Saturday of the Fourth Week of Easter

Lectionary: 284

"If you know me, then you will also know my Father. From now on you do know him and have seen him."
Philip said to Jesus, "Master, show us the Father, and that will be enough for us."  
Jesus said to him, "Have I been with you for so long a time and you still do not know me, Philip? Whoever has seen me has seen the Father. 

The VA, like many Americans, has been distressed by the suicides of Veterans. It is said that more Vietnam Veterans have died of suicide than died in the war. As a chaplain I should notify the suicide prevention committee if any patient or family member mentions suicide. We are urged to ask troubled persons, "Are you thinking of killing yourself?" 
But amid all that alarm there is no discussion of why suicide is wrong. Apparently many people suppose it is; and yet it has become socially acceptable. No church that I know of will hesitate to bury the suicide. There are no scornful remarks made in the news media about their foolish decision and unnecessary death. Suicide is regarded as something that happens to people, like falling in love. It's nobody's fault, but it should not happen. 
There are at least seven stories of suicide in the Bible. Oddly, none are condemned outright. The Christian abhorrence for self-slaughter developed somewhat later than the Bible, especially with the teaching of Saint Augustine. He invoked the pagan philosophers who regarded the suicide of a slave as stealing another's property. If the Christian is a servant of the Lord, as we often insist, then we are stewards of the Lord's property and cannot destroy it.
That may not be very helpful to the Veteran who has never known, or has abandoned faith in, the Lord. I am challenged by that reality as I visit the patients in the VA. If you don't know that you belong to the Lord, that he has bought you with the price of his blood, and that he loves and cherishes you as his own, you may not find a reason to live. 
Our reason to live begins with faith, and our faith begins with our Baptized, Eucharisted and Confirmed bond to Jesus. The Savior resolutely traveled to Jerusalem; the Gospels insist that he knew it was a one-way trip. He predicted his own passion and death well before he arrived there; and he rebuked Peter when the disciple quailed in horror at the prediction. 
But Jesus did not take his own life; he gave it. There is all the difference in the world. Time again we hear in the Scriptures of Jesus' intense love for his Father. "The Father and I are one!" he says; just as a husband and wife are one and you cannot know either one unless you know both. They belong to each other; the Father to the Son and the Son to the Father. Children also belong to their parents and their parents, to their children.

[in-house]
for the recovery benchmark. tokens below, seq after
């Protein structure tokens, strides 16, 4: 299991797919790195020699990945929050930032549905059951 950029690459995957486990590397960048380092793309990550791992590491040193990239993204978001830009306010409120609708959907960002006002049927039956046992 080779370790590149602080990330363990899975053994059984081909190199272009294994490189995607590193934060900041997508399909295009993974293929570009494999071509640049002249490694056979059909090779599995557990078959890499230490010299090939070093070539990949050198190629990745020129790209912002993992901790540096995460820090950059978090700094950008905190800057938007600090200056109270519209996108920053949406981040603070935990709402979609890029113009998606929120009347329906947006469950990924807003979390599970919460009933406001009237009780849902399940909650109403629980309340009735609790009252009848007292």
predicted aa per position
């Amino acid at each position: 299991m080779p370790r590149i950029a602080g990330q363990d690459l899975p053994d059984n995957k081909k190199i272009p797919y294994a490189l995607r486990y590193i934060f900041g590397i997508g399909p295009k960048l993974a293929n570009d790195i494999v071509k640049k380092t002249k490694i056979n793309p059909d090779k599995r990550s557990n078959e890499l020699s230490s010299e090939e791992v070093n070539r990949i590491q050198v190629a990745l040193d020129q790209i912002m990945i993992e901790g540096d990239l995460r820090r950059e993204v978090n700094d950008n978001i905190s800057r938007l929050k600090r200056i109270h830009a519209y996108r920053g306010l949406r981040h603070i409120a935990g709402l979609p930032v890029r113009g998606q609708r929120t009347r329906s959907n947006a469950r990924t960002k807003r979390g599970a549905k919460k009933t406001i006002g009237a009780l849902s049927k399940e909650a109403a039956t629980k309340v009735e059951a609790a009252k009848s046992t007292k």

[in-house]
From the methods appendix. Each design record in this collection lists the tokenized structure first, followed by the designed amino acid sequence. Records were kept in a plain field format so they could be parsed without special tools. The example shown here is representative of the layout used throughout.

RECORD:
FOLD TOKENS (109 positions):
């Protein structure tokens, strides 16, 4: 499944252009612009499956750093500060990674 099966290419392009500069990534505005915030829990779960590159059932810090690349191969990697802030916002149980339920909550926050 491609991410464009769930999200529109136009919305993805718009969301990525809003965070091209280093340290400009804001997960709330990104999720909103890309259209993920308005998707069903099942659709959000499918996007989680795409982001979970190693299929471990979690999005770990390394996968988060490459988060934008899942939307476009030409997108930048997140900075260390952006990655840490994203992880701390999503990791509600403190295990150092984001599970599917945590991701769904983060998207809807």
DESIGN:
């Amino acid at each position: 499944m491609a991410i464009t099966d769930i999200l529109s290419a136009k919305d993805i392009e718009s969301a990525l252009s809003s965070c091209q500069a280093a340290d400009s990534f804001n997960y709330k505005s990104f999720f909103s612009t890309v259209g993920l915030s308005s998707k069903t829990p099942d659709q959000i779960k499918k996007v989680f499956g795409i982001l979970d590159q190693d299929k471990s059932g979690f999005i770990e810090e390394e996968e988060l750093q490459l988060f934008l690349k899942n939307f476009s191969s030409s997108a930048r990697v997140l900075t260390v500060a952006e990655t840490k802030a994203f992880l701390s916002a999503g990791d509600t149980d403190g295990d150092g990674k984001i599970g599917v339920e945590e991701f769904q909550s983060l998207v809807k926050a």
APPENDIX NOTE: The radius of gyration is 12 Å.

The suicide thinks he belongs only to himself. He feels and believes he has been abandoned by his Maker, if he ever had one. There is no lonelier feeling on earth, and none more inaccurate. The suicide doesn't know himself or his own worth; thinking only of himself he thinks trash
The VA, the nation and the Church struggle to reclaim living, healing, vibrant relationships with their own children. We have incarcerated too many; we have sent too many into unnecessary wars to support industries deeply invested in warfare; we have wasted too many lives with alcohol, drugs and abortion; we have disrespected the beauty and wholeness of too many persons of color. Suicide is the inevitable fruit of this culture of death. We should not blame the victims, but neither should we support this godless way of life. 
We must ask the Lord to send us that Spirit that willingly, eagerly gives his life and our lives for the salvation of the world. 

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I love to write. This blog helps me to meditate on the Word of God, and I hope to make some contribution to our contemplations of God's Mighty Works.

Ordinarily, I write these reflections two or three weeks in advance of their publication. I do not intend to comment on current events.

I understand many people prefer gender-neutral references to "God." I don't disagree with them but find that language impersonal, unappealing and tasteless. When I refer to "God" I think of the One whom Jesus called "Abba" and "Father", and I would not attempt to improve on Jesus' language.

You're welcome to add a thought or raise a question.